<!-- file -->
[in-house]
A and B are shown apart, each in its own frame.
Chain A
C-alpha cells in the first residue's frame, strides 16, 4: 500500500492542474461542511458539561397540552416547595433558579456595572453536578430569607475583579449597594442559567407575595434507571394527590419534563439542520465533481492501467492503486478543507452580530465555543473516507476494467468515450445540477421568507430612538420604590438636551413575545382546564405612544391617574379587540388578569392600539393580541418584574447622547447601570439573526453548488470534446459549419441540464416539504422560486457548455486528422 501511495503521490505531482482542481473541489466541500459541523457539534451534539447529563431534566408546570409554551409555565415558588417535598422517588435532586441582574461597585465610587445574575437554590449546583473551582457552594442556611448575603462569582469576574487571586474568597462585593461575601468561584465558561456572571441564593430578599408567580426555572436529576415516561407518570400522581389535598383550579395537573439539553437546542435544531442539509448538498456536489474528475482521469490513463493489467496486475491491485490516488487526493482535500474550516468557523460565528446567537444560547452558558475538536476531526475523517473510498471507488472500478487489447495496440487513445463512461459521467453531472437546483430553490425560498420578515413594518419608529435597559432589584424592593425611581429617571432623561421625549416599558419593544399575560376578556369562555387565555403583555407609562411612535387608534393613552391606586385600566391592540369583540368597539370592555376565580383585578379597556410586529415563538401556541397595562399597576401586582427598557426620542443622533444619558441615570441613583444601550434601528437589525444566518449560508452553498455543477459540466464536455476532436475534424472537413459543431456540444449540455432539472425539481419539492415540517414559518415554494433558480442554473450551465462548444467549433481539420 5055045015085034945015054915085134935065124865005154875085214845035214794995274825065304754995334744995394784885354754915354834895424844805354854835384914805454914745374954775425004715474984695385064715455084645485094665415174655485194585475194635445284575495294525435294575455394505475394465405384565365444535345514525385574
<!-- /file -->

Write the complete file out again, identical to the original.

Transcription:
[in-house]
A and B are shown apart, each in its own frame.
Chain A
C-alpha cells in the first residue's frame, strides 16, 4: 500500500492542474461542511458539561397540552416547595433558579456595572453536578430569607475583579449597594442559567407575595434507571394527590419534563439542520465533481492501467492503486478543507452580530465555543473516507476494467468515450445540477421568507430612538420604590438636551413575545382546564405612544391617574379587540388578569392600539393580541418584574447622547447601570439573526453548488470534446459549419441540464416539504422560486457548455486528422 501511495503521490505531482482542481473541489466541500459541523457539534451534539447529563431534566408546570409554551409555565415558588417535598422517588435532586441582574461597585465610587445574575437554590449546583473551582457552594442556611448575603462569582469576574487571586474568597462585593461575601468561584465558561456572571441564593430578599408567580426555572436529576415516561407518570400522581389535598383550579395537573439539553437546542435544531442539509448538498456536489474528475482521469490513463493489467496486475491491485490516488487526493482535500474550516468557523460565528446567537444560547452558558475538536476531526475523517473510498471507488472500478487489447495496440487513445463512461459521467453531472437546483430553490425560498420578515413594518419608529435597559432589584424592593425611581429617571432623561421625549416599558419593544399575560376578556369562555387565555403583555407609562411612535387608534393613552391606586385600566391592540369583540368597539370592555376565580383585578379597556410586529415563538401556541397595562399597576401586582427598557426620542443622533444619558441615570441613583444601550434601528437589525444566518449560508452553498455543477459540466464536455476532436475534424472537413459543431456540444449540455432539472425539481419539492415540517414559518415554494433558480442554473450551465462548444467549433481539420 5055045015085034945015054915085134935065124865005154875085214845035214794995274825065304754995334744995394784885354754915354834895424844805354854835384914805454914745374954775425004715474984695385064715455084645485094665415174655485194585475194635445284575495294525435294575455394505475394465405384565365444535345514525385574